Neoliberalism is a toxic economic dogma that has serious social and political consequences. In Britain and the US, mainstream media have a long record of selling neoliberalism to the public and political lawmakers. Recall Prime Minister Margaret Thatcher’s slogan, “There is no alternative” (TINA). As I document in my new book, Real Fake News (Red Pill Press), elites throughout history have always used information to control the thoughts and actions of the public. But the modern project has stretched itself to the limit, and people are starting to say No.
One of the biggest Western foreign policy adventures in recent years is something that is underreported in the media. So-called ‘intervention’ in Libya has created a failed state that is riven with extremists all vying for power. So we ask: was this really an epic foreign policy mistake? Or was destroying Libya just another day at the office for politicians, shortsighted bureaucrats, and vulture corporates who continually try to enforce global economic supremacy.
In a sensationalist world that operates at breakneck speed, many of us get caught careering between stimulus and response, rarely stopping to think critically about why we do what we do. More fundamentally, with nationalism on the rise, we ask: can philosophy enable us to think differently about our true identity? Stine Jensen is a Danish philosopher who lives in the Netherlands, a country and people that are not afraid of big or new ideas. We went there to meet her to find out about the importance philosophy has in our modern distracted world. We also wanted to know if Plato was right. Is the unexamined life really not worth living?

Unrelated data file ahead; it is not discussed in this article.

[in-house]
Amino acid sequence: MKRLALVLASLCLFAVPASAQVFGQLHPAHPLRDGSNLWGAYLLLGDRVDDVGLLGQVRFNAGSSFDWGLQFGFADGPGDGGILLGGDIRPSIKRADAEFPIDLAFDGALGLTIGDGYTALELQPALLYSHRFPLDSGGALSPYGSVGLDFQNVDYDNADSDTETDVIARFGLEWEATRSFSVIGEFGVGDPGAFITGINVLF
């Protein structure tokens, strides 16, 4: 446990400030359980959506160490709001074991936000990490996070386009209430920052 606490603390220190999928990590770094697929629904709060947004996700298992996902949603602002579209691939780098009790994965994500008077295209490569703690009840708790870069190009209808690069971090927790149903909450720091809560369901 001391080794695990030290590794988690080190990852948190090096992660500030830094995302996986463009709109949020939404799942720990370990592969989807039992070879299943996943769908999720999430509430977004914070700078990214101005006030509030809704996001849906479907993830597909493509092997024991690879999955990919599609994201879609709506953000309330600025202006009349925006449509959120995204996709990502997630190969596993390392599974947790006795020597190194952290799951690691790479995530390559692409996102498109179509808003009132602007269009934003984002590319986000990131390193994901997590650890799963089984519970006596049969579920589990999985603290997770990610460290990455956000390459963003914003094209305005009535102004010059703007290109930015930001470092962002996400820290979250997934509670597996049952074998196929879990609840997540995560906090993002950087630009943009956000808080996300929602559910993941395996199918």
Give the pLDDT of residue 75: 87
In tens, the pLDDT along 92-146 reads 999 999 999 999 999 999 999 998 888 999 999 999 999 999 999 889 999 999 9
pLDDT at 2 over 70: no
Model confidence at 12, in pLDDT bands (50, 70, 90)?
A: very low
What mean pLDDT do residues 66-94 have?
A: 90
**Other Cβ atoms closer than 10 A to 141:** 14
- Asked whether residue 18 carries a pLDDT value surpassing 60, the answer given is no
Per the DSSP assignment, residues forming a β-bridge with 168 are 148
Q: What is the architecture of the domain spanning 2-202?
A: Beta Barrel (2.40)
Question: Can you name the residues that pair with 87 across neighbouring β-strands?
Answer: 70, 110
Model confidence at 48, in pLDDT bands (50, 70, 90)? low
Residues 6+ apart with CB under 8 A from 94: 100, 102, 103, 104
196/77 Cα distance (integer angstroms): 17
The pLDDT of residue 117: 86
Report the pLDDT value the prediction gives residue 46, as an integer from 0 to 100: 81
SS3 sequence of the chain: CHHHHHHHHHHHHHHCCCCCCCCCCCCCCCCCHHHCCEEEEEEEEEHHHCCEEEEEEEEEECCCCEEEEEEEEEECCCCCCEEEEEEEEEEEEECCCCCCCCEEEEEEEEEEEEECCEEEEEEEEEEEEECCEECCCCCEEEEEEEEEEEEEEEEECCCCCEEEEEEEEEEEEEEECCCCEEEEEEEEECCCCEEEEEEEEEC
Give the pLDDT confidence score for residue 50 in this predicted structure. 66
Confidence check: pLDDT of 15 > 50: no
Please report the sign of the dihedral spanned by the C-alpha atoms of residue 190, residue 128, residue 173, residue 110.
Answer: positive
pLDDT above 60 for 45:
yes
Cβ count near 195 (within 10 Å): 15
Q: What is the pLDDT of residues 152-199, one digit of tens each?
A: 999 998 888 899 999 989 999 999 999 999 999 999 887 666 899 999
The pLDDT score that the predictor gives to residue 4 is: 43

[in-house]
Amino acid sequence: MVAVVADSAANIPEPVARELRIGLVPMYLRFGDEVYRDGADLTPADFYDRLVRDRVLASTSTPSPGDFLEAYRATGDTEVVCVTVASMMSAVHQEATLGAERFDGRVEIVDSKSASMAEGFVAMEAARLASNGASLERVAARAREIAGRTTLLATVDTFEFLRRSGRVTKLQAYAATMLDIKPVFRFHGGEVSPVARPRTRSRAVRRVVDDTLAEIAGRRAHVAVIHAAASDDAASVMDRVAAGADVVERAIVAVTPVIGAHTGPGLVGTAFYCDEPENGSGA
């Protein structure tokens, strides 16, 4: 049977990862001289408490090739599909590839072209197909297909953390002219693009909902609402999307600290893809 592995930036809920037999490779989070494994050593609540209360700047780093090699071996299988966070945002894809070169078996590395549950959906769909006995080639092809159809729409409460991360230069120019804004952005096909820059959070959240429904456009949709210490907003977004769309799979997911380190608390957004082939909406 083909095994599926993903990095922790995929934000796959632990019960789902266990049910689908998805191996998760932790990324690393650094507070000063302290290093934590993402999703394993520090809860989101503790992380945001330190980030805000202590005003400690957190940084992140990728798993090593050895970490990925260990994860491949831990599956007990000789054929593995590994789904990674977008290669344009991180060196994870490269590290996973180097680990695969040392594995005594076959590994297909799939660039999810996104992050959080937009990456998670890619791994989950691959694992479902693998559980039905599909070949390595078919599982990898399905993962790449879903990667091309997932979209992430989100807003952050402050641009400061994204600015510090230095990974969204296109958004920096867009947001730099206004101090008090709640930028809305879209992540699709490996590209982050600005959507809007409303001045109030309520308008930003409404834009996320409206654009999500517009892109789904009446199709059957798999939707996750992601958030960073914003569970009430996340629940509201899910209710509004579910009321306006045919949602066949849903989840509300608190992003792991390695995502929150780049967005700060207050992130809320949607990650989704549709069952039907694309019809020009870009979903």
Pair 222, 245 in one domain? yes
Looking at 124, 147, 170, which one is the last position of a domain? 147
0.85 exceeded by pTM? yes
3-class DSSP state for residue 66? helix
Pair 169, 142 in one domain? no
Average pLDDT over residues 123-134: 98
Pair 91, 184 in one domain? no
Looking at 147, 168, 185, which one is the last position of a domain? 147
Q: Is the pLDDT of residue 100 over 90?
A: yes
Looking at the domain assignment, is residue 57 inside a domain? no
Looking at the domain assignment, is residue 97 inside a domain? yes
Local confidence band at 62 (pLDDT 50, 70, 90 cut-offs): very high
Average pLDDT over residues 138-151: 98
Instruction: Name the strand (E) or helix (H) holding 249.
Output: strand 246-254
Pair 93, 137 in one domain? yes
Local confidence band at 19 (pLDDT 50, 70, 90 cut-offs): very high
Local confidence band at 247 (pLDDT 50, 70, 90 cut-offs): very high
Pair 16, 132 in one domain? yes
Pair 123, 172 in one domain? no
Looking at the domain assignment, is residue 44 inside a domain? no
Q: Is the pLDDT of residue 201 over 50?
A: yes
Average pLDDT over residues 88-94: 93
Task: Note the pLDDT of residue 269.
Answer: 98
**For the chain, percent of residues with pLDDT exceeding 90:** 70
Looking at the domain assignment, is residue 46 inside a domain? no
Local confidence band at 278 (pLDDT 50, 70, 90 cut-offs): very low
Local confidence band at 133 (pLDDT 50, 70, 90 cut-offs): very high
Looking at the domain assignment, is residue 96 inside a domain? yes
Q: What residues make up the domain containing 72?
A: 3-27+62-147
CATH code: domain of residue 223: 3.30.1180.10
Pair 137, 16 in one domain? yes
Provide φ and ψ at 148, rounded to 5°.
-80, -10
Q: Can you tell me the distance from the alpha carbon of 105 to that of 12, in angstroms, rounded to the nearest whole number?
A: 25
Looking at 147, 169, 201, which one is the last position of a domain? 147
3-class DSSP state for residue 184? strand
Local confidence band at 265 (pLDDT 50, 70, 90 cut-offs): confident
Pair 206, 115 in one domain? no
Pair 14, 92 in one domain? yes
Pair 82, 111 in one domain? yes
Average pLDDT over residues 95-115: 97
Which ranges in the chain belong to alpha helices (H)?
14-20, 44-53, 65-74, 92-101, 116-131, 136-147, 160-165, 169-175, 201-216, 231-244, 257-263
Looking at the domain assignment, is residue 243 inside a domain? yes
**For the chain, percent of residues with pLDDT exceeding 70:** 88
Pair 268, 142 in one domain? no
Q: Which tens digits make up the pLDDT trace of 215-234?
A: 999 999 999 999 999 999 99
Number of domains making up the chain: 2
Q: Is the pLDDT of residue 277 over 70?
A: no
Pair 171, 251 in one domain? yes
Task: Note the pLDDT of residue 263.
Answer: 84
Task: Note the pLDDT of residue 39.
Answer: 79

A control freak in the house? Daniel Margrain asks if May’s sense of her apparent entitlement to rule indefinitely has become a feature of her style of leadership, apparently enabling her to cling to power.
The economic and social impact of rapid technological progress including artificial intelligence, automation, intelligent robots and self-driving cars will be a key theme for this week’s meeting of the World Economic Forum (WEF) in Davos. Graham Brown-Martin asks how our global education systems can respond to what the WEF calls the “fourth industrial revolution”.